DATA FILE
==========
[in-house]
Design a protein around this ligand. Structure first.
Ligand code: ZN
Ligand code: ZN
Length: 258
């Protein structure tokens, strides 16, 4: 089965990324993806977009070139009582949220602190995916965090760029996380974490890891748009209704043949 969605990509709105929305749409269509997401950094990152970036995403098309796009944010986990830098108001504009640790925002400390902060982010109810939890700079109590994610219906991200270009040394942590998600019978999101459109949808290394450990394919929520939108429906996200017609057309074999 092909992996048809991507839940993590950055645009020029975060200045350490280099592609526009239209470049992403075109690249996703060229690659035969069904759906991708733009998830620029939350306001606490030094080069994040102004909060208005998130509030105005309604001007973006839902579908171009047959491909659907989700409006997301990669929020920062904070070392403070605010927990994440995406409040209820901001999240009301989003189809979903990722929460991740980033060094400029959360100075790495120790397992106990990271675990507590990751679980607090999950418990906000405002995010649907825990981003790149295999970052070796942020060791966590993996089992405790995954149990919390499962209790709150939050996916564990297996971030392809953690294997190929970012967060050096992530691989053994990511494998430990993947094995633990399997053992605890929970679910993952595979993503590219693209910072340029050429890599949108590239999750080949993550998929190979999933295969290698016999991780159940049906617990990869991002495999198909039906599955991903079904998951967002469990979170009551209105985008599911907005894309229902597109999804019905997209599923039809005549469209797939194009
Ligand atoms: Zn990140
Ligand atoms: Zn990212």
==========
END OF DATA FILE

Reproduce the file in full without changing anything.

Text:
[in-house]
Design a protein around this ligand. Structure first.
Ligand code: ZN
Ligand code: ZN
Length: 258
């Protein structure tokens, strides 16, 4: 089965990324993806977009070139009582949220602190995916965090760029996380974490890891748009209704043949 969605990509709105929305749409269509997401950094990152970036995403098309796009944010986990830098108001504009640790925002400390902060982010109810939890700079109590994610219906991200270009040394942590998600019978999101459109949808290394450990394919929520939108429906996200017609057309074999 092909992996048809991507839940993590950055645009020029975060200045350490280099592609526009239209470049992403075109690249996703060229690659035969069904759906991708733009998830620029939350306001606490030094080069994040102004909060208005998130509030105005309604001007973006839902579908171009047959491909659907989700409006997301990669929020920062904070070392403070605010927990994440995406409040209820901001999240009301989003189809979903990722929460991740980033060094400029959360100075790495120790397992106990990271675990507590990751679980607090999950418990906000405002995010649907825990981003790149295999970052070796942020060791966590993996089992405790995954149990919390499962209790709150939050996916564990297996971030392809953690294997190929970012967060050096992530691989053994990511494998430990993947094995633990399997053992605890929970679910993952595979993503590219693209910072340029050429890599949108590239999750080949993550998929190979999933295969290698016999991780159940049906617990990869991002495999198909039906599955991903079904998951967002469990979170009551209105985008599911907005894309229902597109999804019905997209599923039809005549469209797939194009
Ligand atoms: Zn990140
Ligand atoms: Zn990212």